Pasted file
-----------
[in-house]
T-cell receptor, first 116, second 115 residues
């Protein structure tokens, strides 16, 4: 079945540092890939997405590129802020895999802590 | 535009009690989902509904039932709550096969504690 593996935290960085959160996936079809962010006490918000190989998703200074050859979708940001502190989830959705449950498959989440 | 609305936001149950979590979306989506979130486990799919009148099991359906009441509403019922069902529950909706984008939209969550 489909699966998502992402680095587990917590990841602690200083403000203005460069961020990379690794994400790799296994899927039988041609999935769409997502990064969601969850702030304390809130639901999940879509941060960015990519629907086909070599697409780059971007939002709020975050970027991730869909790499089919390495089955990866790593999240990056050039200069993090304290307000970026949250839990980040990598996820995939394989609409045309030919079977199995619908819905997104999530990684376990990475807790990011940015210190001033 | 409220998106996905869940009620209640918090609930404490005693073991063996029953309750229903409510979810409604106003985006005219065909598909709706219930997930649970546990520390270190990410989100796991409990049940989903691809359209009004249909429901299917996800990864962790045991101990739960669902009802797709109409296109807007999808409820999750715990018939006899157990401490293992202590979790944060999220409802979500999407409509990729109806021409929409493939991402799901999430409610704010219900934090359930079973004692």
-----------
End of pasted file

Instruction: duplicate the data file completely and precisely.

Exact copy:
[in-house]
T-cell receptor, first 116, second 115 residues
């Protein structure tokens, strides 16, 4: 079945540092890939997405590129802020895999802590 | 535009009690989902509904039932709550096969504690 593996935290960085959160996936079809962010006490918000190989998703200074050859979708940001502190989830959705449950498959989440 | 609305936001149950979590979306989506979130486990799919009148099991359906009441509403019922069902529950909706984008939209969550 489909699966998502992402680095587990917590990841602690200083403000203005460069961020990379690794994400790799296994899927039988041609999935769409997502990064969601969850702030304390809130639901999940879509941060960015990519629907086909070599697409780059971007939002709020975050970027991730869909790499089919390495089955990866790593999240990056050039200069993090304290307000970026949250839990980040990598996820995939394989609409045309030919079977199995619908819905997104999530990684376990990475807790990011940015210190001033 | 409220998106996905869940009620209640918090609930404490005693073991063996029953309750229903409510979810409604106003985006005219065909598909709706219930997930649970546990520390270190990410989100796991409990049940989903691809359209009004249909429901299917996800990864962790045991101990739960669902009802797709109409296109807007999808409820999750715990018939006899157990401490293992202590979790944060999220409802979500999407409509990729109806021409929409493939991402799901999430409610704010219900934090359930079973004692």